Making sure your organization is HIPAA compliant starts by ensuring every team member meets compliance standards. A single slip-up by one employee can not only trigger significant repercussions for the individual, but can also jeopardize the entire organization.
In recent years, the healthcare industry has undergone rapid and radical changes that have shifted the way hospitals, medical professionals, and patients interact. Looking forward to 2023, it’s now time to focus on forecasting where healthcare may be headed this coming year and beyond. There are several predictions that healthcare professionals should be aware of as you plan for the new year to make well informed decisions when navigating upcoming changes in healthcare.
It's the most wonderful time of the year, but for healthcare professionals, it can also be one of the busiest. As you celebrate with your family and friends, don't forget about HIPAA policies and other privacy regulations that must be followed even during the holiday season. Here are some tips to help make sure you stay on track and maintain compliance policies while still enjoying all the festivities.
Both new and well-known regulations alike were updated during the COVID-19 pandemic to better support healthcare providers. The Health Insurance Portability and Accountability Act (HIPAA) has seen some modest relaxing of some of its components but remains largely unchanged.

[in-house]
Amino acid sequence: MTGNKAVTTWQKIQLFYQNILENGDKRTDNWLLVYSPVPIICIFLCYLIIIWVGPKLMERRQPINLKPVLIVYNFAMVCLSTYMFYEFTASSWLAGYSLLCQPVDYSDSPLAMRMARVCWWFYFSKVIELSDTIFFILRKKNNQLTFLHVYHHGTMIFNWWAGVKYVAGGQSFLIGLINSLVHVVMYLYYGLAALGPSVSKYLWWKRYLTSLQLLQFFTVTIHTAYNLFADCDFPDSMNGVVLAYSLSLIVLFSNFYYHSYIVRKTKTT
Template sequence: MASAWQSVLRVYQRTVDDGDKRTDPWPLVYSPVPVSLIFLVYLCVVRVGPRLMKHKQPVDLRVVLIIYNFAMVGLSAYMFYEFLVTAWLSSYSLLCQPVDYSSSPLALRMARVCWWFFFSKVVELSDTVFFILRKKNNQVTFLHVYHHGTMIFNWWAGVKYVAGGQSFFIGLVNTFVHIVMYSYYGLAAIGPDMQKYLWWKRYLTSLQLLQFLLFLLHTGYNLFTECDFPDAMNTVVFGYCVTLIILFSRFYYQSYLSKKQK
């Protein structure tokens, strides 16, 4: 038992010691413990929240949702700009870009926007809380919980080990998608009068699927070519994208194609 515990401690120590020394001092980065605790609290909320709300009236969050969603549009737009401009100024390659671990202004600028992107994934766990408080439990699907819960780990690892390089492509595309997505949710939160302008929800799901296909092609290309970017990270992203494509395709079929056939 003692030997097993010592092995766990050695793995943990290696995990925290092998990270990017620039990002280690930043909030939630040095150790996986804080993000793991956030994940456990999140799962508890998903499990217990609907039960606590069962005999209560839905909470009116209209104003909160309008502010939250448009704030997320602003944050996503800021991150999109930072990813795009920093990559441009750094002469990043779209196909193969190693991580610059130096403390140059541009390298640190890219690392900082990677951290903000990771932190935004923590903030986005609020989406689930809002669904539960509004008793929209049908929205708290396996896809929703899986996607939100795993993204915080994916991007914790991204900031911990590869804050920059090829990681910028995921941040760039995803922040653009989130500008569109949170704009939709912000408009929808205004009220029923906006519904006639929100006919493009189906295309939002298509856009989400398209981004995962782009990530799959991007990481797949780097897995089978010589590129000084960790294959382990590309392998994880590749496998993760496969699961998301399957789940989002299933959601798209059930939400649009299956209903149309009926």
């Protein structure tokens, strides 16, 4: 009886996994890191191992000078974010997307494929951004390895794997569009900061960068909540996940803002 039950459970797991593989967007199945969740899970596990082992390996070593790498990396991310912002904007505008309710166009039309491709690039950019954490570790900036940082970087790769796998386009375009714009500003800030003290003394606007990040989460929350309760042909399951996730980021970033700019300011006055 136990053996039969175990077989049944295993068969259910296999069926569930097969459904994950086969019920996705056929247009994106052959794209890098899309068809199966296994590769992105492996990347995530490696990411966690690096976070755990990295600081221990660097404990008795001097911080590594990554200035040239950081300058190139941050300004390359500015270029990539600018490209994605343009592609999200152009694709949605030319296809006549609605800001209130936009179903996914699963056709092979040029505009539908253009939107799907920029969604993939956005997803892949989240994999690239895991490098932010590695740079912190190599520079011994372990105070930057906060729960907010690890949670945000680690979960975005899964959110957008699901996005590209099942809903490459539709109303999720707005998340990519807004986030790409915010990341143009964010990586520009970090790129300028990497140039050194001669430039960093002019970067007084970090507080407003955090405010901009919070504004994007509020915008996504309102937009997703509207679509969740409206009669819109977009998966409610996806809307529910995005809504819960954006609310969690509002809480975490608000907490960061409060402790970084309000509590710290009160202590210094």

If your privacy team is like most hospitals, managing influxes of privacy tasks, as a result of new privacy concerns can be difficult. While the answer of bringing in 3rd party help might seem expensive or difficult to manage, in reality, supplementing your privacy team as needed by using Patient Privacy Managed Services can help your healthcare organizations quickly scale up to accommodate new requests and scale down when resources are no longer needed.
Looking back to 2021, the healthcare industry was challenged to adapt to patient surges, remote workers, staffing shortages, and more. Throughout the past year, hospital organizations and HIPAA pivoted to be nimbler with actions such as relaxing compliance guidelines on telemedicine to improve patient care but may also have created new security gaps.
Last month, we hosted the iatricSystems Spring Exchange, where we brought together industry leaders and healthcare organizations to discuss today’s challenges. A big topic of discussion was how today’s hospitals leverage artificial intelligence and automation into their patient privacy monitoring process.
As we put 2020 in the rear-view mirror, the only way to see if we’re making progress is to take a quick glance back. The pandemic made hospitals a large target for malicious cyber threats, and when you look at the data, you’ll see the spikes of data breaches throughout the year.
It was recently announced that a ransomware group that stole sensitive data files during an October cyberattack on Chatham County’s government systems, released the information on the dark and light web. The group published two batches of data containing protected health information and personally identifiable information, which has been viewed more than 30,000 times.
Last year we all saw the resiliency of the healthcare system and how flexible health systems can be — and have to be — in order to continue to protect patients during a troublesome time. Technology was more critical than ever to keep workflows moving and connections strong.